Two privacy groups are threatening legal action against Federal Trade Commission Chairman Deborah Platt Majoras for failing to recuse herself from the pending review of Google's US$3.1 billion acquisition of online advertising company DoubleClick.
The groups have also called on the FTC to block the proposed acquisition unless the companies agree to protect the privacy of online users. But the FTC has said it is reviewing the competitive issues related to the merger, not specifically the privacy issues.
Last week, officials from the Electronic Privacy Information Center (EPIC) and the Center for Digital Democracy (CDD) in Washington asked Majoras to remove herself from a review of the deal because her husband is a lawyer at Jones Day, the Cleveland-based law firm that is advising DoubleClick on the merger.
However, Majoras said that while Jones Day represents DoubleClick in the review of the deal before the European Commission, the firm does not represent the company before the FTC, has never appeared before the FTC, nor has it been mentioned in dozens of meetings and submissions to the agency.
In a conference call Tuesday, Marc Rotenberg, executive director of EPIC, and Jeff Chester, executive director of the CDD, said Majoras' comments conflict with information that had been posted on the Jones Day Web site, which said the law firm was representing DoubleClick on U.S. antitrust matters. However, Rotenberg and Chester said that information has since been pulled from the law firm's Web site.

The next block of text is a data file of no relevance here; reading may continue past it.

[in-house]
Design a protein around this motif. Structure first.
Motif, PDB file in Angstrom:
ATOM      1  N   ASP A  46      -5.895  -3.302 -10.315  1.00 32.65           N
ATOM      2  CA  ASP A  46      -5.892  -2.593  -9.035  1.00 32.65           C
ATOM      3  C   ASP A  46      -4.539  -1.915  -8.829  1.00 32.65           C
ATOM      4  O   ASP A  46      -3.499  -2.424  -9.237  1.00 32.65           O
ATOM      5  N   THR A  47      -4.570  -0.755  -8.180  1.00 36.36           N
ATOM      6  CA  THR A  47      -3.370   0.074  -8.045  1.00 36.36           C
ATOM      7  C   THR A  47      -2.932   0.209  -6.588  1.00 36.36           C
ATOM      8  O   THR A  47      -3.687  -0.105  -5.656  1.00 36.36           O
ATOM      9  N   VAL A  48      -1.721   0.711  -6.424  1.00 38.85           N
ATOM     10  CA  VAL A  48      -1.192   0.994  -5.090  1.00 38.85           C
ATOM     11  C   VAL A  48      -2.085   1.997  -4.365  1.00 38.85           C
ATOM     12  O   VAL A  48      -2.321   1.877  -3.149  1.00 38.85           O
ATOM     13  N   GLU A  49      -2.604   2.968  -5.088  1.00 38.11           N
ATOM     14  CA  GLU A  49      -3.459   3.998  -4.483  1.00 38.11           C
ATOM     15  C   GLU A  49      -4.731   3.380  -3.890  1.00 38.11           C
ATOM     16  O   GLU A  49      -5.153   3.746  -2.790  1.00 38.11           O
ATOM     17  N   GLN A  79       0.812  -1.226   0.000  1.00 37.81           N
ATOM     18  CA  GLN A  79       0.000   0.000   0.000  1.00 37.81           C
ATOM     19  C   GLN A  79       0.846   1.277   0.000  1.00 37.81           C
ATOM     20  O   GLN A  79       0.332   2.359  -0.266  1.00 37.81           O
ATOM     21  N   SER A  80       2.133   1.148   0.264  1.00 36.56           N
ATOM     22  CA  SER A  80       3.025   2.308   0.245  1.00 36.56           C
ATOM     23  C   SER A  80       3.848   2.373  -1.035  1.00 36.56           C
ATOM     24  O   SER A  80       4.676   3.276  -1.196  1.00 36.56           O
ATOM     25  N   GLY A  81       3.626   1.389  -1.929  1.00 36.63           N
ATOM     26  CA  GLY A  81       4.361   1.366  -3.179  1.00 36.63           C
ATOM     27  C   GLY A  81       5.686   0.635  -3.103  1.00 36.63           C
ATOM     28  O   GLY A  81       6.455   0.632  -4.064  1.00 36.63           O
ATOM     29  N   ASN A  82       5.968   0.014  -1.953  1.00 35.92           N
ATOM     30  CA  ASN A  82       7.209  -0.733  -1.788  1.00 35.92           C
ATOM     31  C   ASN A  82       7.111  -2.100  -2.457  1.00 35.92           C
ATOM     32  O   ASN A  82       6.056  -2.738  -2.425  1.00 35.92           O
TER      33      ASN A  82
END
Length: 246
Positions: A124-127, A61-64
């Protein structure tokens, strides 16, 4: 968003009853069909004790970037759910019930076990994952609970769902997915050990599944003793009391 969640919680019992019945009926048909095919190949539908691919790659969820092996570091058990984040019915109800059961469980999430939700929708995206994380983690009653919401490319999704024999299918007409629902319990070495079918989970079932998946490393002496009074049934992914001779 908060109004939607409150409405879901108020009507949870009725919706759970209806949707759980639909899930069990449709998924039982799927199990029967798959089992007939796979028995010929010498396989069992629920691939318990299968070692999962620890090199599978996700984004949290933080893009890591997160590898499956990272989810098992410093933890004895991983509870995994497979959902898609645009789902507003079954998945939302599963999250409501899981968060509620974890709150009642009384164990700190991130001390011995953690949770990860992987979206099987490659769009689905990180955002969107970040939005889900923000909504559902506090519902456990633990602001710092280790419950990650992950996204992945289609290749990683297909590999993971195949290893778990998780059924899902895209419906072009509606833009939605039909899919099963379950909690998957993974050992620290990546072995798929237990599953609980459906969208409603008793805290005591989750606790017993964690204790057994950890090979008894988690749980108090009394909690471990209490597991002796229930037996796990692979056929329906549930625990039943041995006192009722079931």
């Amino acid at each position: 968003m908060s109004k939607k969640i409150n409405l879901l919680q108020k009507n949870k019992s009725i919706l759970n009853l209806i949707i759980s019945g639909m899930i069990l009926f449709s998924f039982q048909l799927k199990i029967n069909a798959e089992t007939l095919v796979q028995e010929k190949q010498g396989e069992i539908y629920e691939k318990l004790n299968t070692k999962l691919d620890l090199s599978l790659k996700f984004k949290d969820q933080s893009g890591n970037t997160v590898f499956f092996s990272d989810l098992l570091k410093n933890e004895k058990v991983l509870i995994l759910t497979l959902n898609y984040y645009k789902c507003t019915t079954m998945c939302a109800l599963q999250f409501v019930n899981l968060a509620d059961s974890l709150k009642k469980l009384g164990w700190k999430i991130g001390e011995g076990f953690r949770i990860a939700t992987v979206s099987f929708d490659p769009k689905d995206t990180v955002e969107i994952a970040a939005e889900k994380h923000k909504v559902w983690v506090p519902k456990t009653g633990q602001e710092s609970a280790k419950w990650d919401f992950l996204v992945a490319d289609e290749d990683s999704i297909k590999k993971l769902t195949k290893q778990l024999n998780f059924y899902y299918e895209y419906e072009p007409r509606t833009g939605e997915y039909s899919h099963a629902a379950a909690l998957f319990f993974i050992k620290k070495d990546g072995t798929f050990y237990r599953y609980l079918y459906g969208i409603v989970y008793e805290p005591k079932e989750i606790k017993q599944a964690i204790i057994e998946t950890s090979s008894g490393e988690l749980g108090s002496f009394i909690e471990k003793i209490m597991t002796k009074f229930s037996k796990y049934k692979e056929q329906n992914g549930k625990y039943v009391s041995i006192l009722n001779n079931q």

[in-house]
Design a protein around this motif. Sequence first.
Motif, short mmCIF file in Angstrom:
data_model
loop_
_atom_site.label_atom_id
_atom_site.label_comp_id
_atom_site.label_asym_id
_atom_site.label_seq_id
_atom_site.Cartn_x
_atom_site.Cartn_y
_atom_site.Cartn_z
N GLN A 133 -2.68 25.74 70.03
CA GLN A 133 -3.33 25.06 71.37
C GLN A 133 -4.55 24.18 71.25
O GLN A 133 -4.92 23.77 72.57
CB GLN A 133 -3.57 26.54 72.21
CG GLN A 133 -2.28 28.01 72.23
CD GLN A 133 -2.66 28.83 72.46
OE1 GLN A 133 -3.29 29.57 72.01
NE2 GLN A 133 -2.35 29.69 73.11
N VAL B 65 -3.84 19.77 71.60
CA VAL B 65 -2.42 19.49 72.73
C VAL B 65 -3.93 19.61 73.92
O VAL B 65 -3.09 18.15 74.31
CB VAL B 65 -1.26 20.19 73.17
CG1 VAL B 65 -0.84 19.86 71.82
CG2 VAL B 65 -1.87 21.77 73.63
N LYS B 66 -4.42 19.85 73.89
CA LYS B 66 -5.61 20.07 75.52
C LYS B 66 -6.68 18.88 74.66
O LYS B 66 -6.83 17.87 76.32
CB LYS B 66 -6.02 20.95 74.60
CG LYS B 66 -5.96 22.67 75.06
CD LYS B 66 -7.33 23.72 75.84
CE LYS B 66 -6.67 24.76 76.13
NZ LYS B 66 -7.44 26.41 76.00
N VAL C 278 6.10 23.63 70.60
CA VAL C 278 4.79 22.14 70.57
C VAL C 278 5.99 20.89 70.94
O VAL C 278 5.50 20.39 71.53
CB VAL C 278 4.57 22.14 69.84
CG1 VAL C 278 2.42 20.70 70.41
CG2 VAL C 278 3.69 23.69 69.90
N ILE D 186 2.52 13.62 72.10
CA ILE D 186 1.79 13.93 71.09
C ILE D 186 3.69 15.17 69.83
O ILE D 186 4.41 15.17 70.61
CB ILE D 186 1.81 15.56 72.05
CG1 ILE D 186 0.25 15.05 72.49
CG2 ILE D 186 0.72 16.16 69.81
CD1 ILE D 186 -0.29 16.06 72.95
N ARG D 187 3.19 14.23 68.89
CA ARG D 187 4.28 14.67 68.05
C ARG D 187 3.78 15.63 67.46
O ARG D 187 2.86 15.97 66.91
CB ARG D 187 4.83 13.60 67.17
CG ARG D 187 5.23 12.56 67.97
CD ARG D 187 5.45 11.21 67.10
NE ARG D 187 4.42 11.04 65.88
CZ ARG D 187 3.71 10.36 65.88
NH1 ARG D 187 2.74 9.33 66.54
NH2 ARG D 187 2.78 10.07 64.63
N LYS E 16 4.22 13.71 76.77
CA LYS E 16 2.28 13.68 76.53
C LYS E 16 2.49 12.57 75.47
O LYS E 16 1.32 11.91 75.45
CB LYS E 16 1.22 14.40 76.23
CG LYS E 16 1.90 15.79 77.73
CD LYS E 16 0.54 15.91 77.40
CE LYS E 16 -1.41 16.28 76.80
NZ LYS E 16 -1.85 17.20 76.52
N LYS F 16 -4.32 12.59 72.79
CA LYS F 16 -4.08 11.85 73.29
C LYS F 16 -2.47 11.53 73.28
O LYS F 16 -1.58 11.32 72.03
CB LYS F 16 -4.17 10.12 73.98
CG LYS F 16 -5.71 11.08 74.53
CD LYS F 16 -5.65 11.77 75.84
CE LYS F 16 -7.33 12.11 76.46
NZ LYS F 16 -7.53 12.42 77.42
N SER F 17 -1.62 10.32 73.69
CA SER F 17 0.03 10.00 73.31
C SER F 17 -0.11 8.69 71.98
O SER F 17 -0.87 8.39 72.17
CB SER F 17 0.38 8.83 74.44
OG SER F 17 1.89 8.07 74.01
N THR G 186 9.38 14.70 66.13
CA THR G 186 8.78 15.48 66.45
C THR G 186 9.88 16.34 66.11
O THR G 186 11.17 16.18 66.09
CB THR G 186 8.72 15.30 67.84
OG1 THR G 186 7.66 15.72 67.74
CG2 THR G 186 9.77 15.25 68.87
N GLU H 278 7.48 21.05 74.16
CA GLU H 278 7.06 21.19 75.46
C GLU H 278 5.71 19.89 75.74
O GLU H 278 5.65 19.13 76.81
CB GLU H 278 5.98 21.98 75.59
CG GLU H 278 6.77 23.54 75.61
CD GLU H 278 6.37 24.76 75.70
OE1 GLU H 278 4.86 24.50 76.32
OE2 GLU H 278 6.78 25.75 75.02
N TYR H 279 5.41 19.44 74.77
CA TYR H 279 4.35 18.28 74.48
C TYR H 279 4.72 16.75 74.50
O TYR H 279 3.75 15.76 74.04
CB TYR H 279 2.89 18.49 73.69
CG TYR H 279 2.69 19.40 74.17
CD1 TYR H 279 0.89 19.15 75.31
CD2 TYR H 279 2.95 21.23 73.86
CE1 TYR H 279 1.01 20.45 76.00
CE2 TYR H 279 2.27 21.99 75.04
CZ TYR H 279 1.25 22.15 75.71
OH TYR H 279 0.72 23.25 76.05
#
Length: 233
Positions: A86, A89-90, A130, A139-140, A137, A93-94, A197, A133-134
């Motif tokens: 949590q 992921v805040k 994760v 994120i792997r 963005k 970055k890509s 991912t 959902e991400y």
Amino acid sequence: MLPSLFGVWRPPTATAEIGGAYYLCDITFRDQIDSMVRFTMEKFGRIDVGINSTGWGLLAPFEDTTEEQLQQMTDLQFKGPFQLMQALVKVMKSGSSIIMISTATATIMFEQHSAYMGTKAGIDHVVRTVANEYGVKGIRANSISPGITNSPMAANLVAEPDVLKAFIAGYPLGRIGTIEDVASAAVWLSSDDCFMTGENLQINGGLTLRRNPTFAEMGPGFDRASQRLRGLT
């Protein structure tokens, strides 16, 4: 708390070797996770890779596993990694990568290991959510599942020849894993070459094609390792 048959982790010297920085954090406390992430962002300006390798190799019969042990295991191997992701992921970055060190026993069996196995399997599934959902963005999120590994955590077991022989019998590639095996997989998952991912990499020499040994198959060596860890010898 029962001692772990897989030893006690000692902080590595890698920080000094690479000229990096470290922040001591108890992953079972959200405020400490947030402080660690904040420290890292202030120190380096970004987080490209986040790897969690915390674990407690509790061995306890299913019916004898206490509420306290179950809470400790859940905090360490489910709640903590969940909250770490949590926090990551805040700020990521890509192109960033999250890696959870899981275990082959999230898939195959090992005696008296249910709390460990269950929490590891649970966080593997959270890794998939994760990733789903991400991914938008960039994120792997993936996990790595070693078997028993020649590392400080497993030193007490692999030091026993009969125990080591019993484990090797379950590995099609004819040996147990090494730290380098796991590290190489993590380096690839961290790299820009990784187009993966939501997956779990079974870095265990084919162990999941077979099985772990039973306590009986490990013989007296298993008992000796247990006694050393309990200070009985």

A Computerworld search of the Jones Day Web site for information about DoubleClick comes up empty, however a Google cache page of the Web site from November 7, 2007 gives this information, "Jones Day is advising DoubleClick, the digital marketing technology provider, on the international and U.S. antitrust and competition law aspects of its planned US$3.1 billion acquisition by Google. The proposed acquisition will combine DoubleClick's expertise in ad management technology with Google's internet search and content platform. The transaction is currently under review by the US Federal Trade Commission (FTC) and European Commission."
The law firm could not be reached for comment at deadline.
EPIC and the CDD have also filed a Freedom of Information Act request with the FTC asking for all documents relating to the connection between Jones Day and the Google-DoubleClick deal.
Rotenberg said the groups aren't sure if they'll file the lawsuit before or after the FTC makes its decision on the matter public.
The FTC could not be reached for comment.
When asked to respond to the potential lawsuit against the FTC chairman, Google sent this statement to Computerworld, "This acquisition is good for consumers, advertisers and Web site publishers and we continue to be confident that it will be approved."